Every 4 years we are bombarded with the “leap” year stuff and that’s cool. It is kind of weird how we manage our trips around the sun. We still are a tiny bit ahead of our globe and every hundred years or so we have to make a correction. But then another strange rule comes into play. Years that are evenly divisible by 100 are not leap years, unless they are also evenly divisible by 400, in which case they are leap years. For example, 1600 and 2000 were leap years, but 1700, 1800 and 1900 were not. Similarly, 2100, 2200, 2300, 2500, 2600, 2700, 2900 and 3000 will not be leap years, but 2400 and 2800 will be. I can’t wait to check it out.
Our ancestors were really into astrology and they could see more stars with the naked eye than we can in our era. There was no electricity or heavy smog to muck up the atmosphere, so the astrological star shapes were clearly visible. The age of Pices started one calendar.
We think the ancient Greeks were the first to have a system of time keeping. They would use the Pan-Hellenic games (the Olympics) to measure time-passages. I imagine some track dude who got beat in the marathon saying, “Yeah man, I’ll whip your butt next time at the 48th full moon from now.
Every area of the known world had their own calendar method as soon as people learned to keep records and write. The Romans used various methods; sometimes they would keep track of time by when a regional consulate was appointed. Soon they wanted more “Federal” control and kept time by their Roman Empire founding date and then later by their Emperor’s years in office.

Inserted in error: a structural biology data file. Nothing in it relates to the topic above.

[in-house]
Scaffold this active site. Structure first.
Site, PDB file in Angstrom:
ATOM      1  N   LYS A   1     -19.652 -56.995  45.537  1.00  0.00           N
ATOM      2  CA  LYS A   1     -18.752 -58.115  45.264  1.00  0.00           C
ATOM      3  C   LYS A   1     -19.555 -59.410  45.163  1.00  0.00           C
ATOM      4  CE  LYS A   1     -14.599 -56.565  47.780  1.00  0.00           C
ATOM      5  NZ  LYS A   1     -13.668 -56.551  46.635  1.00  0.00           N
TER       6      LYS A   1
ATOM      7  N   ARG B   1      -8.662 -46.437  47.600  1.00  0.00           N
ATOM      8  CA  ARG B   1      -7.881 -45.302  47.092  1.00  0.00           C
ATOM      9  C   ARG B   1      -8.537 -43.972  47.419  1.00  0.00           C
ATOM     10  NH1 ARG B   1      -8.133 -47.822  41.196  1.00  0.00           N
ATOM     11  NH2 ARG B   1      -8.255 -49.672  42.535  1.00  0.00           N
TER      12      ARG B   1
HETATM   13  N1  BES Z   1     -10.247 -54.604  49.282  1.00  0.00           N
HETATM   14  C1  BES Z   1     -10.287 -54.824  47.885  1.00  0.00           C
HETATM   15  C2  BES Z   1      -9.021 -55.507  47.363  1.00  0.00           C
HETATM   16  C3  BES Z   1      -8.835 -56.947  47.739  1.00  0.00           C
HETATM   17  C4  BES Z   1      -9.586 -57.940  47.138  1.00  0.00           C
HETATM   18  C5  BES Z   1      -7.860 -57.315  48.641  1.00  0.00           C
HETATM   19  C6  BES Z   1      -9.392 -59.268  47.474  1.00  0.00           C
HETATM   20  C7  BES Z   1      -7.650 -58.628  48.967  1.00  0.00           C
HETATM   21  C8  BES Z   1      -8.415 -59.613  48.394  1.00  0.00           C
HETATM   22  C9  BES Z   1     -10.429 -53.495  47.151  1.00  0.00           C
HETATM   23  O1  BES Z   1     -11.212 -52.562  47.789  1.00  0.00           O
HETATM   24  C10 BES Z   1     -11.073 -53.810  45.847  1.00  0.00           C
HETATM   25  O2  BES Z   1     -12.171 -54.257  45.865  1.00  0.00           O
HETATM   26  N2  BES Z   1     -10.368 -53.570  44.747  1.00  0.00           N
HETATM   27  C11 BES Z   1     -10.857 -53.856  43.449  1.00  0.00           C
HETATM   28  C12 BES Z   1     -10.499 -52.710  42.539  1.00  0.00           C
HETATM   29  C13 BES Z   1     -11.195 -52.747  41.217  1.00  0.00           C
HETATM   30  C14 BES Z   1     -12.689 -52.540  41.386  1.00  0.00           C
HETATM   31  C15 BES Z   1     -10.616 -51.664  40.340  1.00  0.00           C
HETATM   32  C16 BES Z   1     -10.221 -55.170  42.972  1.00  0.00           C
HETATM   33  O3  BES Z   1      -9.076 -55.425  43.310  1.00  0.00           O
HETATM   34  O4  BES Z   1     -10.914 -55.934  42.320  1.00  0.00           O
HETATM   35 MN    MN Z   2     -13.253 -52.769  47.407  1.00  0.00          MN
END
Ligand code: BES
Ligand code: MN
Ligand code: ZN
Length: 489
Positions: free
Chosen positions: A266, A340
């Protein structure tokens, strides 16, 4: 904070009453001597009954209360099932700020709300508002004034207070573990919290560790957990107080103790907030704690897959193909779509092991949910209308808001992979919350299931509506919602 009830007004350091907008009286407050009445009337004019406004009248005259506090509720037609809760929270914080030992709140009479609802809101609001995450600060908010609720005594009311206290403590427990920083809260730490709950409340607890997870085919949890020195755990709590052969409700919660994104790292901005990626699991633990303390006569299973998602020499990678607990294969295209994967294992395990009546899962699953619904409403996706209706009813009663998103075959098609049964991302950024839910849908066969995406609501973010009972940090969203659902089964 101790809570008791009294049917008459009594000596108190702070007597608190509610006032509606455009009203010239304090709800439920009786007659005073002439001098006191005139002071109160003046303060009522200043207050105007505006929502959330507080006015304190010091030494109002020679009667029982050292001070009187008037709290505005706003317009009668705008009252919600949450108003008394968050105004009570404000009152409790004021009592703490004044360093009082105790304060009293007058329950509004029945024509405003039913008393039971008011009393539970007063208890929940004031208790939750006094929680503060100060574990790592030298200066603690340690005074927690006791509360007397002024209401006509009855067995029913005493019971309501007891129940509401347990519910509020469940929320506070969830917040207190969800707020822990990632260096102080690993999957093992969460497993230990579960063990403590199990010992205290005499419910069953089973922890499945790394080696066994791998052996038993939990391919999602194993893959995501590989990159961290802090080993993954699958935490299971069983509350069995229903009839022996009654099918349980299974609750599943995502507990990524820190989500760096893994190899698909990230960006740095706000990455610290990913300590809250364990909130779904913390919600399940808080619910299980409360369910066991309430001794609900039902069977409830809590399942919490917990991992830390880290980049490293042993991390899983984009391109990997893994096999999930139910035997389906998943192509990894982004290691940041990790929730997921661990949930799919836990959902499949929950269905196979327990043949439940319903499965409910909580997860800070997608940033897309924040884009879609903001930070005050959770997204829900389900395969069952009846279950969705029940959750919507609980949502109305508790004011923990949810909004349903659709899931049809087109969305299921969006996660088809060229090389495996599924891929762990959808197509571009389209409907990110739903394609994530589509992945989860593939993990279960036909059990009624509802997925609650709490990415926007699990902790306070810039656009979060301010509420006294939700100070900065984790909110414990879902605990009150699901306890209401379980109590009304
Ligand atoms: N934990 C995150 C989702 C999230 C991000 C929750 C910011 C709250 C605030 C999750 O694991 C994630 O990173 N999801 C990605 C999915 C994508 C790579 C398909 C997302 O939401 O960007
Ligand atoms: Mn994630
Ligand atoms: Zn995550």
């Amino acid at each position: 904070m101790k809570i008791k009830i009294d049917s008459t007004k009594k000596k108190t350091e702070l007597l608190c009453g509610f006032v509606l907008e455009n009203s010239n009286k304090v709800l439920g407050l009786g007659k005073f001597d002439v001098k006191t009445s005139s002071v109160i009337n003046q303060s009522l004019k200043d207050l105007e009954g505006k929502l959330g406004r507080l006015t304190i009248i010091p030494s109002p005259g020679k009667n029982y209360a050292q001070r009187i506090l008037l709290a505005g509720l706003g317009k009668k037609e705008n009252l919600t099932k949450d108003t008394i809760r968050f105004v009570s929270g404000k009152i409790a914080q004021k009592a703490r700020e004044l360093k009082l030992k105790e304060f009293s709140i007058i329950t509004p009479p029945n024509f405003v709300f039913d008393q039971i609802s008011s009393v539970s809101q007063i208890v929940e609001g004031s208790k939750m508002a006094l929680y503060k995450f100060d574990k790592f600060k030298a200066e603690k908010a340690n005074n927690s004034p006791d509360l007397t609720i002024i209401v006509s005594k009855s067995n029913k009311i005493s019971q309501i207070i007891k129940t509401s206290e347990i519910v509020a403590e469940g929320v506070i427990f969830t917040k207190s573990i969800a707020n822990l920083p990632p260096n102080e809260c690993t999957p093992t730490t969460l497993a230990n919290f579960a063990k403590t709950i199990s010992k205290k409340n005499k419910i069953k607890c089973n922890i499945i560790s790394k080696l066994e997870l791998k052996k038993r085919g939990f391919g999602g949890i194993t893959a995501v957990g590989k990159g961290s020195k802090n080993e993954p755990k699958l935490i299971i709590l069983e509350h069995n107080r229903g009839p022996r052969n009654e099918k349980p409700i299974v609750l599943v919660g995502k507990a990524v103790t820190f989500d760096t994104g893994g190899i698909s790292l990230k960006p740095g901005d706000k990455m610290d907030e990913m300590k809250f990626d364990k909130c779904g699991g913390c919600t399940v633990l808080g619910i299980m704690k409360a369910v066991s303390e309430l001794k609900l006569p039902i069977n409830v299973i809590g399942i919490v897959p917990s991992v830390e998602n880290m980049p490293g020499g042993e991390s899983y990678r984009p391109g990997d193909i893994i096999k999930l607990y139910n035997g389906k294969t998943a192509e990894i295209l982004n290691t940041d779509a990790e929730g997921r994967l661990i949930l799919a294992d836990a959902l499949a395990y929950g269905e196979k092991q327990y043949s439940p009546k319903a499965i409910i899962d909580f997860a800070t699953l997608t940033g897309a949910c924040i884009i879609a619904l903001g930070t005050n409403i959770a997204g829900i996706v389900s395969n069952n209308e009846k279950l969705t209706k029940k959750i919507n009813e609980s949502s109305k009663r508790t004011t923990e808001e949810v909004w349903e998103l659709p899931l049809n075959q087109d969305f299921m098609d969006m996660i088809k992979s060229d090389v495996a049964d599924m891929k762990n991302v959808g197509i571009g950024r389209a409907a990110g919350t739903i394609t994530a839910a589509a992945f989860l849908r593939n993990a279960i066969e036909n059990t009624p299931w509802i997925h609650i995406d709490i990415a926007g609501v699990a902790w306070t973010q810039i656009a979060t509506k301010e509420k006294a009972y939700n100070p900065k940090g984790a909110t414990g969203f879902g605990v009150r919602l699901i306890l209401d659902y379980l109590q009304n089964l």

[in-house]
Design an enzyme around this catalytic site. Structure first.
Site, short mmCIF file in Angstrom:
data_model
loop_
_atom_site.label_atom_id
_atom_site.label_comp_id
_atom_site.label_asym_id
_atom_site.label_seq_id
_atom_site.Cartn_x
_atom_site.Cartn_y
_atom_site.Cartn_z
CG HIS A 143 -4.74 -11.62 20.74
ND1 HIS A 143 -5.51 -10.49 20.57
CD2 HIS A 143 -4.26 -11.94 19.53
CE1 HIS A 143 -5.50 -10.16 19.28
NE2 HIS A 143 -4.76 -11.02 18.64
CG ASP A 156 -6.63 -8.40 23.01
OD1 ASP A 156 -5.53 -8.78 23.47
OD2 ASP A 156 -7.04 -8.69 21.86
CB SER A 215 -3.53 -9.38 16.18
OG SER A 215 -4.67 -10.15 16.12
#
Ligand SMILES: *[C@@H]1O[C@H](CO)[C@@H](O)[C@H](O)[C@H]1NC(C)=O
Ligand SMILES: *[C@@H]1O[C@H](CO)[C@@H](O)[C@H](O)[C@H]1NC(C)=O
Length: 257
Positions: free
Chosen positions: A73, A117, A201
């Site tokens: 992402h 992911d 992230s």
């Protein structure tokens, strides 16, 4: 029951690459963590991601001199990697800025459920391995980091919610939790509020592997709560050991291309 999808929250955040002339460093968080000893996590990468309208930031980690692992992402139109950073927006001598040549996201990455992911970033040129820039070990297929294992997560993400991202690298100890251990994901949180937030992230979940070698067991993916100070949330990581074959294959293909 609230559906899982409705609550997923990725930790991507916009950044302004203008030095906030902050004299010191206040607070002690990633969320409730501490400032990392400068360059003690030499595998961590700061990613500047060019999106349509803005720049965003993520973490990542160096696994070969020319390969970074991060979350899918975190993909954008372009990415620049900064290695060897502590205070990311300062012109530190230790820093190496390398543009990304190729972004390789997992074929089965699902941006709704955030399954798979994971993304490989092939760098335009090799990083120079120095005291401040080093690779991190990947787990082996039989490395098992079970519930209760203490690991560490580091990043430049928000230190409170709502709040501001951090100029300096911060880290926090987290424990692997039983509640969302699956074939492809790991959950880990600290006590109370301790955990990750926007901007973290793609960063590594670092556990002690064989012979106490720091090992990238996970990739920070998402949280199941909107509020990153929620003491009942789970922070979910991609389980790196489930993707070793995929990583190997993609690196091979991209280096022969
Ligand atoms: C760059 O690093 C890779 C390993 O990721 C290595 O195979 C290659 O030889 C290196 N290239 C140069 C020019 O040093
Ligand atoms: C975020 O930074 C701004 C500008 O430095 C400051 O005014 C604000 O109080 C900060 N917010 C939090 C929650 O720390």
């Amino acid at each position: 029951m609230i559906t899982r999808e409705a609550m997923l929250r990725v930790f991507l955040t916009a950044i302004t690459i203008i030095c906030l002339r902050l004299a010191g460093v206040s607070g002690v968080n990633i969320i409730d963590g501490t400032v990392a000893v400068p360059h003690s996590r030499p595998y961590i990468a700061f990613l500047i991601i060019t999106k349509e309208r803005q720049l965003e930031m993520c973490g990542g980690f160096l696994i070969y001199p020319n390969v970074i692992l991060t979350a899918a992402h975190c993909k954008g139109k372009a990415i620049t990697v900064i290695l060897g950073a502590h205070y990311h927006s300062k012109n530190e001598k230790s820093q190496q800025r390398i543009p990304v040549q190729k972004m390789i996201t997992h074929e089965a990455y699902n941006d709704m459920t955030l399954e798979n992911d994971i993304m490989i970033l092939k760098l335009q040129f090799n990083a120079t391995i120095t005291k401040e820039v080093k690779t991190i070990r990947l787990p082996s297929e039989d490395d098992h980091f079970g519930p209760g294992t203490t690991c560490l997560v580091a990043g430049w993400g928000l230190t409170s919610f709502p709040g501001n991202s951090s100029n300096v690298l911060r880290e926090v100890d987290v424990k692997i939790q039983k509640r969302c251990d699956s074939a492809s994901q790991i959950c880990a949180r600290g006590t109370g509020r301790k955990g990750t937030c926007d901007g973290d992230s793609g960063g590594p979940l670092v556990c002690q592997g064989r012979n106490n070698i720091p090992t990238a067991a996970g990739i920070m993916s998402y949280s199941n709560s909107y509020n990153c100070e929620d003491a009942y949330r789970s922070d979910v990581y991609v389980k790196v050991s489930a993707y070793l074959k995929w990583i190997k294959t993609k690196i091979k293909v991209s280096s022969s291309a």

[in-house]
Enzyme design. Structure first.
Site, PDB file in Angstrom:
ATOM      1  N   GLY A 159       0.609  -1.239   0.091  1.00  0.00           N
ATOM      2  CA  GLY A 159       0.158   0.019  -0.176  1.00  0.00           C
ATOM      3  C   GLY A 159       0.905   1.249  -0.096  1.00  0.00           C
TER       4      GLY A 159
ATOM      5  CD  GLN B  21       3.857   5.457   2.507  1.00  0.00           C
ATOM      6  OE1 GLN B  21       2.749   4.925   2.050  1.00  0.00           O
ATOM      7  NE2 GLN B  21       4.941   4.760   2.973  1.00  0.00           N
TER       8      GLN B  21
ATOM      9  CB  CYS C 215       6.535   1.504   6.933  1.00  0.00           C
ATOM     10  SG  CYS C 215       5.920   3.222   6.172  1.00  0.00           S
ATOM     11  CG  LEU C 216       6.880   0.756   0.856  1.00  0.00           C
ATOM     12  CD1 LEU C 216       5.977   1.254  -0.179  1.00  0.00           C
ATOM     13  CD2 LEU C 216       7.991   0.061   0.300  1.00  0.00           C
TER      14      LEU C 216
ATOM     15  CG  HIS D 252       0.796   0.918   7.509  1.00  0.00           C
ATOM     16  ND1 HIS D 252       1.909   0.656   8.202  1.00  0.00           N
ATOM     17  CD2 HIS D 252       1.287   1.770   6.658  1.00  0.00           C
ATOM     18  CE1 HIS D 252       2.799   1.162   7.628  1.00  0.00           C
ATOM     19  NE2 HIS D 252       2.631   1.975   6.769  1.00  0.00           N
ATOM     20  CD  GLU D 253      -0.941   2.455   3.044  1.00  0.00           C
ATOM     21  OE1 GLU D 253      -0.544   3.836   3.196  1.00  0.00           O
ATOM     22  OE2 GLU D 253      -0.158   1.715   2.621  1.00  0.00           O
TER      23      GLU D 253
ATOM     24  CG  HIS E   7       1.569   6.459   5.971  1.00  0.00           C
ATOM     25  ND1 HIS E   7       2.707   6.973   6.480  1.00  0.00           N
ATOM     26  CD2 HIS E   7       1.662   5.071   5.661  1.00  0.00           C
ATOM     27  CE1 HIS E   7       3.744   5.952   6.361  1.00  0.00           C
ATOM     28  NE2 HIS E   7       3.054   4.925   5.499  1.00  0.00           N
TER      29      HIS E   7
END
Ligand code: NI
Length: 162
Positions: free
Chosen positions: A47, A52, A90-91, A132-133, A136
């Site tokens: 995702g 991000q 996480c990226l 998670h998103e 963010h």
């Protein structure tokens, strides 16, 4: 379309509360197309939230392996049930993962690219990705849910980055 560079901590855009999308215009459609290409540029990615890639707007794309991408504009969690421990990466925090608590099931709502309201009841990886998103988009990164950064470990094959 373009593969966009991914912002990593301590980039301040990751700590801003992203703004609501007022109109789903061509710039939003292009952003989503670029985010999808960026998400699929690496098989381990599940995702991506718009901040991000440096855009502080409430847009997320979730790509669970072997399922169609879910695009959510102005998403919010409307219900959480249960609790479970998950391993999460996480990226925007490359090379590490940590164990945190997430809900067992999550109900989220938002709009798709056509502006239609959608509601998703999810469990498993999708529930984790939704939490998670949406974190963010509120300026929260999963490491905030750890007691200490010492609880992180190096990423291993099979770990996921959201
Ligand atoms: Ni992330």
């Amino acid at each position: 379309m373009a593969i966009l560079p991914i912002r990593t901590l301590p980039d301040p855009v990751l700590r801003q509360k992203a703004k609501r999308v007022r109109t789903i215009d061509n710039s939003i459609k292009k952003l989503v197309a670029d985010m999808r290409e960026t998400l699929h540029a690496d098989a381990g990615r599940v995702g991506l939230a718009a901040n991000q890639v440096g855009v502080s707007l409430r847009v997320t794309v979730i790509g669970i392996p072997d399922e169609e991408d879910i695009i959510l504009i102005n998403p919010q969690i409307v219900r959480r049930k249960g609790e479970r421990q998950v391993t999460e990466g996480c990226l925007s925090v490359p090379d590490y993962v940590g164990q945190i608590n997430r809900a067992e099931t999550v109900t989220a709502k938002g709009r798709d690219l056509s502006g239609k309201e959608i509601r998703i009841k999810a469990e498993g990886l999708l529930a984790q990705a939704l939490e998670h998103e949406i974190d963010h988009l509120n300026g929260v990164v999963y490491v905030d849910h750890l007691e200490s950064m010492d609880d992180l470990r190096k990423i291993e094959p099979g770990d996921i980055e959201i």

As the Catholic Church became the rulers of the world they started dating everything from the “guestimate” of when Christ was born. That first church calendar, started by Dionysius didn’t work too well because it had the end of the world around 900AD. Then there was a myriad of trial and error calendars from the Julian calendar to the Gregorian calendar which we still use. The Pope Gregory calendar was started at the end of the 15th century but many countries didn’t use it and stayed with the Julian calendar. So, some were singing Auld Lang Sine on March 1st and others on Dec.1st and a few on January 1st…a real mess.
However, we did keep those wonderful “gods” days of the week and months of the year. I guess the church didn’t want to rock too many boats. So, if you choose, you may still worship Thor, on his day Thursday. I am fond of Friday because we can argue over which “god” we are honoring. I personally worship Freyja because she has a very cool chariot pulled by two cats. However, there are other folks who say, “No contraire”, that day is the day of the goddess, Frigga. And wouldn’t you know it, there’s another group that say there is a way to interpret the some Latin meaning from Friday that means Day of Venus. Now this is confusing and probably the reason most people just head for a bar at the end of Friday and say, “Thank Goddess it’s Frigga Friday”.